According to most social scientist and spiritual and religious teachers, it is doubtful that anyone wakes up one morning and says to him/herself without reason or provocation at all, that today I will become a criminal. I will sell and/or take drugs. I will kill an innocent person. I will rape, rob and pillage because my goal is to be a criminal. Now, the operative words in this statement are clearly “without reason or provocation.” Thus it might be argued that if we understood better what reasons and provocations were for anyone’s behavior, we might better understand how to help them shift their own thinking in ways that would lead to different behaviors.

It’s also evident at this point that there is no silver bullet policy or law that can properly and comprehensively address the issue of increasing crime. But it is also evident that thoroughly examining the needs and experiences of those who sporadically and chronically commit crimes; with the intent of helping them is an option that upon even the slightest study, suggests a greater, more positive harvest—truly yielding transformed minds, hearts and behaviors.

For instance, and in the simplest analogous form possible: A young man walks into a store. He robs the cashier and flees. Onlookers and those who hear of the event later might say, “That’s a damn shame, that’s why we can’t keep a store in our neighborhood;” or he oughtta be ashamed of himself;” and on and on go the disparaging remarks. The police and elected officials chime in to say, “We will bring him to justice.” Now to be very, very clear here, this writing is not to suggest that our thief be simply exonerated, left to rob again and again. It is, however, meant to call attention to his circumstance. What if we learned that he had dropped of school in the 9th grade, he’d been abused as a child, and he’s virtually homeless now; and has no idea how to even begin to look for a job? What if we learned that he was simply hungry, that his family was hungry and this was the only way he could see to come up with money for food? Could/would we think differently about him? Would we finally try to help him to overcome his challenges so that he might become a more whole, peaceful and productive human being?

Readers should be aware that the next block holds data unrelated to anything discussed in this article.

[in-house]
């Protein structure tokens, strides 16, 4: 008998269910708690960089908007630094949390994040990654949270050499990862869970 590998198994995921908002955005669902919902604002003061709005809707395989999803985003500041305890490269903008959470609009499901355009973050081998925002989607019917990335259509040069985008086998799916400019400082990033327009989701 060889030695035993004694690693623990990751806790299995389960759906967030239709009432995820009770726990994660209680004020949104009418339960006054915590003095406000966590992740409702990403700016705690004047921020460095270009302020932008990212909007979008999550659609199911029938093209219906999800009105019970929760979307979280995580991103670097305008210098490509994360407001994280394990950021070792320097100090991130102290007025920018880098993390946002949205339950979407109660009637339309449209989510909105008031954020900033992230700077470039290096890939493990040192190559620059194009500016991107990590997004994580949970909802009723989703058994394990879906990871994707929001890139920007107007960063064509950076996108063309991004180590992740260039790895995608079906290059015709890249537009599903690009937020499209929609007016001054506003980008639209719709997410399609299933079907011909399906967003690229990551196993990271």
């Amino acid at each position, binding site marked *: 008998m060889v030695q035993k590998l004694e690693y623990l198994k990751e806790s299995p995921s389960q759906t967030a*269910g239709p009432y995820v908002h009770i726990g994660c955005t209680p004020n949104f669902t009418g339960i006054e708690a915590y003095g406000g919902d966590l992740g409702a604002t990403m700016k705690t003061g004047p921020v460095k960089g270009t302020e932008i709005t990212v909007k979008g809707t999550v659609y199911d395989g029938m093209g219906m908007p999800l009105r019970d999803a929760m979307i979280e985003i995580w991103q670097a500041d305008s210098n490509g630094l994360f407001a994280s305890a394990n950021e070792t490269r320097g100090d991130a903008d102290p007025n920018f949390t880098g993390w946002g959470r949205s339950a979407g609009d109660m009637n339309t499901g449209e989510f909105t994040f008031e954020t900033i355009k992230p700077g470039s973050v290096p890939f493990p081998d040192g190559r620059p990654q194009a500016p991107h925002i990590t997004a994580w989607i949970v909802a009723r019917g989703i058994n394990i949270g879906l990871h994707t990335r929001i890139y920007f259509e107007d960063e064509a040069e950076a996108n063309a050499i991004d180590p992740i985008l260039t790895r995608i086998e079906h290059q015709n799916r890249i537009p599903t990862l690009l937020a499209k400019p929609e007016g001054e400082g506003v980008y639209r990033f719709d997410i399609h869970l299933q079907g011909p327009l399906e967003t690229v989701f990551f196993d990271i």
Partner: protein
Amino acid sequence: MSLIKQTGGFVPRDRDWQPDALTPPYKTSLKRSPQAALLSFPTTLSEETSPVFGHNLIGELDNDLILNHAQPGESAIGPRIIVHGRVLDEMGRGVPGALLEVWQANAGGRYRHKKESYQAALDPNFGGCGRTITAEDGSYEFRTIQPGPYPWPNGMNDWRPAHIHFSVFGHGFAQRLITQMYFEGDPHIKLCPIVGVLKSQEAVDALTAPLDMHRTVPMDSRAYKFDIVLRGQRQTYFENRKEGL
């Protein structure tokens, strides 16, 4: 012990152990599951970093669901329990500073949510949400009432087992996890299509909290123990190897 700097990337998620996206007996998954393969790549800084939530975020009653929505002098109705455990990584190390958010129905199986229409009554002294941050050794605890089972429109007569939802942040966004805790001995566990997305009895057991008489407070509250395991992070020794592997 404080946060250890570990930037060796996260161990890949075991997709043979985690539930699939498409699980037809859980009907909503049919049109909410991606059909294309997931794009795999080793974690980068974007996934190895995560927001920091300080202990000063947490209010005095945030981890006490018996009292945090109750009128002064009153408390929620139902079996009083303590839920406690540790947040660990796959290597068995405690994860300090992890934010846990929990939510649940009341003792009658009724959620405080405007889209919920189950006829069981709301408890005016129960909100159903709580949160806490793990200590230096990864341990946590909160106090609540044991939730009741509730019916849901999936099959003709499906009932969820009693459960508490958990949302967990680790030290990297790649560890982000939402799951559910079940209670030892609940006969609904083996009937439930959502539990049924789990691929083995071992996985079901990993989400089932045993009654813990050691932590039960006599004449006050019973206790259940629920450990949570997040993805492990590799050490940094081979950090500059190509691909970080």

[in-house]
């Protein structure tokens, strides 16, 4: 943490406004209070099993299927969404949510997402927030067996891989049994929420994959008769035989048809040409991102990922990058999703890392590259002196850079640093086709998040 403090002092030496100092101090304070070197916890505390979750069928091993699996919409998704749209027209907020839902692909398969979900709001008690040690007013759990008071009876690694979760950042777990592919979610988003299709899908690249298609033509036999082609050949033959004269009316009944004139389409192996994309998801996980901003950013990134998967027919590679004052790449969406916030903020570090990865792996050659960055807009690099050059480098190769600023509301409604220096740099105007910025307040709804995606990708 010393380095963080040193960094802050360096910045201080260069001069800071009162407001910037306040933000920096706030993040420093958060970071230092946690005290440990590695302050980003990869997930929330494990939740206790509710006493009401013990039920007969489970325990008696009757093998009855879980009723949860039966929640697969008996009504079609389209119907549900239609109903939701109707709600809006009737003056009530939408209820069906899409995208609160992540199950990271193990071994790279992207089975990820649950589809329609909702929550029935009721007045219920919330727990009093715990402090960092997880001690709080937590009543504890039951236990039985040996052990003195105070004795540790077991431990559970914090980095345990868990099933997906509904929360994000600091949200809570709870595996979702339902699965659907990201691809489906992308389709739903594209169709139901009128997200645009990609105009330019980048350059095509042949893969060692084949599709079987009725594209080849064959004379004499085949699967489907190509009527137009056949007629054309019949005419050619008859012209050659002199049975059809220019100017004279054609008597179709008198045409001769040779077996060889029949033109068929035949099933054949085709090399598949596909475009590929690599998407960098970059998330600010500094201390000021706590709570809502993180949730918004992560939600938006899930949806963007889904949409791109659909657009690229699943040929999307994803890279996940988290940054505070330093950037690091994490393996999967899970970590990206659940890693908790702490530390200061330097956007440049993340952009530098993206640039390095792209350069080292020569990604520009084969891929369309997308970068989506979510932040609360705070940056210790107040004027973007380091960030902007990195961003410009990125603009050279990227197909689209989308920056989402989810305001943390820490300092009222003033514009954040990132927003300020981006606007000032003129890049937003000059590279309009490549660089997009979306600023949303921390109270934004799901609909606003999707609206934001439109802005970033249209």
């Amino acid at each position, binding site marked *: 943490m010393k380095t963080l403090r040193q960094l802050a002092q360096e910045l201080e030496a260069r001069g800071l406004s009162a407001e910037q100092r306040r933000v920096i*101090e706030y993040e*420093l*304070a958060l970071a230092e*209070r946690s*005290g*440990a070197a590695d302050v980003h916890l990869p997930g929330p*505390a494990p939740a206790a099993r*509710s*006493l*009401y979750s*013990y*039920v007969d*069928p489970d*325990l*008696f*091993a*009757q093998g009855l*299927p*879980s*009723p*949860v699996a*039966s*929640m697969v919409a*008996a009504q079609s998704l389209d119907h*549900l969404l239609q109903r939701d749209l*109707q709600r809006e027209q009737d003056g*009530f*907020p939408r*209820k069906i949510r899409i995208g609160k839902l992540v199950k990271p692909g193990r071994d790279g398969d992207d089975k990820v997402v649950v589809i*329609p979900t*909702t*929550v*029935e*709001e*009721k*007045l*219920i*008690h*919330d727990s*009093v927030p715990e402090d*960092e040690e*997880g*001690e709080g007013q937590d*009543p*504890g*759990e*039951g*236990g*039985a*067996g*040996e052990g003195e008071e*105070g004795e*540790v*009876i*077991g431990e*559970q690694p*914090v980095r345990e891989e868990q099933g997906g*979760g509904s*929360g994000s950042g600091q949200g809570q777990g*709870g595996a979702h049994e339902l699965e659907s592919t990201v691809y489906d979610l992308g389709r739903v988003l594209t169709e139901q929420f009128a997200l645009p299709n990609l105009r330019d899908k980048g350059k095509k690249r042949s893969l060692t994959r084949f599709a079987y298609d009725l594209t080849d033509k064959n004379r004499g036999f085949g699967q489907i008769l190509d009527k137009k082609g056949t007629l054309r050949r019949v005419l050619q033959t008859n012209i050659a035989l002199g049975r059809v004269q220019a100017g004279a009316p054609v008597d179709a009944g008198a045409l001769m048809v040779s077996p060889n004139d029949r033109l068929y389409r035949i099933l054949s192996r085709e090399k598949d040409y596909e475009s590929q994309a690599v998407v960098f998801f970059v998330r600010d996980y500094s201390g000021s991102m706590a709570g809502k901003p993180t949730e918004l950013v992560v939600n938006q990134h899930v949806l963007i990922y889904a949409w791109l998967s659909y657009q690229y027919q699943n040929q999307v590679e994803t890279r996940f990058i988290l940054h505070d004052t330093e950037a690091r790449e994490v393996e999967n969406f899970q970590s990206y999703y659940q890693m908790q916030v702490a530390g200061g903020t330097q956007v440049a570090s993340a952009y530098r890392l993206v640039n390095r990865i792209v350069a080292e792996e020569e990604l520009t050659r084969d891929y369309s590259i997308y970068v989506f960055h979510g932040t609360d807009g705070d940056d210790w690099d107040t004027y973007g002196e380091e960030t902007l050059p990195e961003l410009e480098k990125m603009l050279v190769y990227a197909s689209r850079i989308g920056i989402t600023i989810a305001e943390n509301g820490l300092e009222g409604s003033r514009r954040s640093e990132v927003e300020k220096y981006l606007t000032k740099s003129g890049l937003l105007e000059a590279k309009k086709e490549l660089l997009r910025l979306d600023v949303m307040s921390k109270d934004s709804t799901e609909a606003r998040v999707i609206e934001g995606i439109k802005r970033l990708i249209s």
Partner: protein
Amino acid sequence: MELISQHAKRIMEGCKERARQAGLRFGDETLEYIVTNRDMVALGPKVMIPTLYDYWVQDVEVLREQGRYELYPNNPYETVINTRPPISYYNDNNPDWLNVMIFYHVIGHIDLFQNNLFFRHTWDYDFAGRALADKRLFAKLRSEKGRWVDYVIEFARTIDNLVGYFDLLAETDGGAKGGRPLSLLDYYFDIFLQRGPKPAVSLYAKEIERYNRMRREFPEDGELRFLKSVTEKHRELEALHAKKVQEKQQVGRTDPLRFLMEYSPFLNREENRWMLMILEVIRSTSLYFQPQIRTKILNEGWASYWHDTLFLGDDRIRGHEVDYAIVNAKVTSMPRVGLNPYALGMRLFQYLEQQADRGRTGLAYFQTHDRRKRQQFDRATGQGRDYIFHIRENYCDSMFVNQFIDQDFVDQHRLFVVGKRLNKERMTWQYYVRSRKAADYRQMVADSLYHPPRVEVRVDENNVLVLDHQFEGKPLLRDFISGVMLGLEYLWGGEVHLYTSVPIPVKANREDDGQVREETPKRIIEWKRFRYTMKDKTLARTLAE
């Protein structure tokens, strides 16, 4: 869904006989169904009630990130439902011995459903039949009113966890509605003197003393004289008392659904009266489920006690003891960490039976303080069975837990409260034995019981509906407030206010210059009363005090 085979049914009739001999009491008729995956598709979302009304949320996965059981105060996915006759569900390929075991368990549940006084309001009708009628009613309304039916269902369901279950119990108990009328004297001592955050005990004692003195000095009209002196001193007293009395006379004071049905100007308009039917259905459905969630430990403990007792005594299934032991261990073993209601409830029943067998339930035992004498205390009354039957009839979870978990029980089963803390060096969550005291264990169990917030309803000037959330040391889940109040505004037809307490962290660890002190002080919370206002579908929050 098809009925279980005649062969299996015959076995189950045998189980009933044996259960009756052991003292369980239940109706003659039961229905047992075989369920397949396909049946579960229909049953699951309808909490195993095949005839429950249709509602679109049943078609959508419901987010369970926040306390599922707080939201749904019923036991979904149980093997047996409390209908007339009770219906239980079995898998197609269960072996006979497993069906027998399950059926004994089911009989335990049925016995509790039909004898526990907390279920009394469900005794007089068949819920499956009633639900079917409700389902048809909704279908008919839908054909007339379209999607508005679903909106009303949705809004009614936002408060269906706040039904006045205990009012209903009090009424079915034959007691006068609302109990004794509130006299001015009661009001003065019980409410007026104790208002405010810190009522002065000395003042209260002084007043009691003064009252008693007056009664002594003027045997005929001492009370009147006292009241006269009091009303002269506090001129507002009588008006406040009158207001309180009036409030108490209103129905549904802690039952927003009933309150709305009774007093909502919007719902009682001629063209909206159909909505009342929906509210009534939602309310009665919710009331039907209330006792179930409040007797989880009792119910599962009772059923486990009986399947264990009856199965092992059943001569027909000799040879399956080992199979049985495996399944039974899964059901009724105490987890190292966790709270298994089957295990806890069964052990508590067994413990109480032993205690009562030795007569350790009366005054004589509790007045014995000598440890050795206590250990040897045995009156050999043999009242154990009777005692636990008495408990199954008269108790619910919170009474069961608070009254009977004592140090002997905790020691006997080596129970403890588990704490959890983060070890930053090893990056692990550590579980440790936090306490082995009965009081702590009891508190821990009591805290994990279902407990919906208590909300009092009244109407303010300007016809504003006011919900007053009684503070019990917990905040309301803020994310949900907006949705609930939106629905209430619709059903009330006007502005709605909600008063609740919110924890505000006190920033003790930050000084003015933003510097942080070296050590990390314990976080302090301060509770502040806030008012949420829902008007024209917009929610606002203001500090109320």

These questions are as applicable in the case of the murderer, the drug dealer and any other perpetrator out there. And if we are to be a good society, we will need to look past the criminal behavior of some of those among us to find the cause, and then treat that cause. This will take time deep consideration and care. Finding the cures to what ails so many of us will neither necessarily be quick or easy. But if we dare to engage in the search from a place of caring and call forth a true will to transform the very culture that permits, even perpetuates such behaviors, we will undoubtedly see a significant reduction in criminal activity—the two: the darkness of wanton acts hurt and harm and the light of authentic caring cannot exist together.

It’s one thing to suggest taking all the guns off the streets or locking up or killing as many criminals as possible; but quite another to suggest giving a potential shooter help, hope and healing. In the case of the latter, our perpetrator would likely not have the inclination, in his/her heart or mind to bring harm to another. Knowing this, it seems more than odd that the powers that be (the collective mass) won’t execute a hard and fast shift to a new approach, a new culture in which personal objectives are not centered on greed and materialism and where criminal behavior is the exception. Simply put, this is the only true solution to the “uptick.”


Please enter your comment!
Please enter your name here